Paying For Death: Untested Medicines In Wide Circulation
Something is seriously rotten with the ways of the Central Drugs Standard Control Organisation (CDSCO) ‚Äď India‚Äôs drug and medicine regulating body. It is alleged to be colluding with pharmaceutical companies and medical professionals to grant approvals to sub-standard and poorly researched drugs. Recently, GSK, one of the largest drug companies, had to pay billions of dollars for similar frauds in the US. One can only imagine what the situation would be in India, where more than 10,500 drug manufacturers with a revenue exceeding Rs.50,000 crore from their domestic sales only currently operate.
Normally, when a drug needs to be launched in India, authorities seek approval of experts; clinical trials may also be conducted, which in some cases may be waived off. That‚Äôs happening way too often these days; so much so that the drugs that have been banned in other countries might just be being used extensively in India. The Parliamentary Standing Committee on Health and Family Welfare has some shocking revelations to make about the functioning of the Central Drugs Standard Control Organisation (CDSCO) ‚Äď headed by the Drugs Controller General of India (DCGI):
- Letters related to the approval of Cipla's pirfenidone drug were received by the DGCI from four different sources on the same day and recorded under consecutive reference numbers
- Regarding clevudine‚Äôs (drug marketed by a company known as Pharmasset) approval, three experts from AIIMS (Delhi), KBN Medical College (Gulbarga) and R.G. Kar Medical College (Kolkata) sent identical letters to the DCGI
- For Sertindole (an anti-psychotic drug manufactured by a Danish company) experts from three extremely reputed medical institutes sent recommendation letters in nearly identical language (with incorrect full form of the DCGI in the address)
- In some cases, the letters seeking approval (running into hundreds of pages, with scientific facts and data) were approved in a single day
- In some cases, recommendations were issued even when the drug in question was banned in the US, Europe, Canada, Australia and much of the developed world. No doubt, our leaders flock to foreign shores for their treatment, for they run the risk of tasting their own medicine here
- The final approval letters for many drugs, currently in wide circulation in India, are missing from records. You guessed it right ‚Äď most of those drugs are banned abroad
You may not be into thrillers and conspiracy theories, but it is too obvious that all these cannot be just coincidences. We all know how doctors are rewarded with expensive gifts and funded trips to exotic locations for recommending certain drugs, but the involvement of some statutory body is surely a warning signal ‚Äď a big one at that. And we all thought it was only limited to variance in prices of medicines recommended by doctors at private and government institutes! Guess what; we might just be popping wrong pills ‚Äď the ones that do more harm than good! So, in a way, we are funding trips of these corrupt individuals, and we pay not just through money, but through our health, too.
Correct Way To Approve A Drug
Usually, after a drug is developed, it is run through extensive trials involving animals, humans and simulation-based experiments. Not all drugs approved abroad may be suitable in India, due to different ethnic profile of Indians; it is, therefore, patently erroneous and unethical to introduce a drug in India, just because it works on the patients in the US.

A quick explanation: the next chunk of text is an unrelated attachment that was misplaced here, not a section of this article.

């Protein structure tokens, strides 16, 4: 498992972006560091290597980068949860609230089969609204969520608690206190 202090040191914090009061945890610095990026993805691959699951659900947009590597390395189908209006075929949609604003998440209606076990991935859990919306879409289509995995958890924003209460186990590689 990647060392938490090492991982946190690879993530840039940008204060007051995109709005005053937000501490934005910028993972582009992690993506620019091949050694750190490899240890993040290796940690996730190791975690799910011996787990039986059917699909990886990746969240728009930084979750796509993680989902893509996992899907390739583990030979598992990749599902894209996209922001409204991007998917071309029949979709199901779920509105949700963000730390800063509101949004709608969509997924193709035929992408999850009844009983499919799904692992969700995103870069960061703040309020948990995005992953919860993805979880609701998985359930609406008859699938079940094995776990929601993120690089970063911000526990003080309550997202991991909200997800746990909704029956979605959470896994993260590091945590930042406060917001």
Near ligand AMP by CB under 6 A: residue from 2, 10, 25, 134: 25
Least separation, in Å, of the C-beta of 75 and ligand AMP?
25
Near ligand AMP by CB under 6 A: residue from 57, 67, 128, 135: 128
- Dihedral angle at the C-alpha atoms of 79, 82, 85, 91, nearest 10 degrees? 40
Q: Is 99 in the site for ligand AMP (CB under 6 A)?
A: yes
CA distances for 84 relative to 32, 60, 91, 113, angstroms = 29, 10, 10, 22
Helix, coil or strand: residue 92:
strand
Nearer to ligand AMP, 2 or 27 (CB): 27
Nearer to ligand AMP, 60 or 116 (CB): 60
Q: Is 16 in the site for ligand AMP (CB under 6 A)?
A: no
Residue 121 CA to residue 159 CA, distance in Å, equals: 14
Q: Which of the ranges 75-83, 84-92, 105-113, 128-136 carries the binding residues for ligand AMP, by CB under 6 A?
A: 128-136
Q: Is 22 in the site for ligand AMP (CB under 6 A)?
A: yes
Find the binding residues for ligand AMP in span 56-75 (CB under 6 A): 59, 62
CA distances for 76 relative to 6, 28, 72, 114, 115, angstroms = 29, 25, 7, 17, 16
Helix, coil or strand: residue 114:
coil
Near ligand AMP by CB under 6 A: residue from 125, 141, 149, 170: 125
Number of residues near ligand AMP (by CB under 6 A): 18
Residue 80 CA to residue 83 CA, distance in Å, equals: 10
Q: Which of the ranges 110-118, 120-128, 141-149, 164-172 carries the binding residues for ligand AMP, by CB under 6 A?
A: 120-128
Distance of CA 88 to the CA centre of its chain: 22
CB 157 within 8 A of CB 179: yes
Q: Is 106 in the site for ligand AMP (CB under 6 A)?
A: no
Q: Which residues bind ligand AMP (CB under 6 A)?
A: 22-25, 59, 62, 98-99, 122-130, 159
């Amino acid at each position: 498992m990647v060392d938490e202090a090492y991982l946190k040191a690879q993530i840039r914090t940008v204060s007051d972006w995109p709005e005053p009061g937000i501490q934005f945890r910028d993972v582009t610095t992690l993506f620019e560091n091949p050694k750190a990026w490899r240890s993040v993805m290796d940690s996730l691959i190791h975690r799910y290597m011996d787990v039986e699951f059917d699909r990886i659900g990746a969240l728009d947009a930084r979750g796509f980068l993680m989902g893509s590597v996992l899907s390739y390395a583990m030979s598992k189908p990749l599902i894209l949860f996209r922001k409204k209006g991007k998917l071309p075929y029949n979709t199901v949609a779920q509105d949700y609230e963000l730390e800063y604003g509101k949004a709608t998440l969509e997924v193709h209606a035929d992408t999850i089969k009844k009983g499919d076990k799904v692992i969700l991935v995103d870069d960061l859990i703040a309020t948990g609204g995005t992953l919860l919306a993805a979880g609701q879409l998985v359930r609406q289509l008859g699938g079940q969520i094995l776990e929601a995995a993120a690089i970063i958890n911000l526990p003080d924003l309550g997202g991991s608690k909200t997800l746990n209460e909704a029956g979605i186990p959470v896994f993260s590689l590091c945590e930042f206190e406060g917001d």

Alas, here, those drugs are being introduced that are banned elsewhere. Between January 2008 and October 2010, shockingly, a total of 33 drugs were approved without clinical trials in India. Some concessions for Phase III trials were to be given to fight emergent epidemics like SARS and Bird Flu in these years, but to our surprise, none of these 33 drugs belonged to that category. A clear case of blatant twisting of rules to suit vested interests!
A Wrong Body?
Go through the website of the CDSCO and you are shocked to read their mission statement, which reads totally servile to the drug industry. They say that their mission to ‚Äúmeet the aspirations demands and requirements of the pharmaceutical industry‚ÄĚ.
They are doing a pretty good job at realizing their mission then.
The Danger Within
It‚Äôs not that clinical trials, when conducted, are conducted properly. Many such facilities are not fully equipped to deal with emergency situations, like adverse drug reactions. No wonder, pharma companies are finding it convenient to outsource clinical trials to India; after all, the life of poor Indians is cheap, and their leaders readily sell them.
We don‚Äôt speak without numbers. The numbers of serious adverse events (SAEs ‚Äď the events during clinical trials that can cause complications) have been far too many. In the last three years (starting from 2008-09), respectively, 637, 668 and 438 people died due to SAEs. Sometimes the trials were conducted without due permission; thankfully nobody died ‚Äď hence no compensation was paid to hapless humans working as guinea pigs! Yes, sometimes doctors are fined for not doing their job properly, but the fine happens to be the tune of Rs. 5,000. Human life sells for $100 in India; we have the second largest population, anyway ‚Äď don‚Äôt we?
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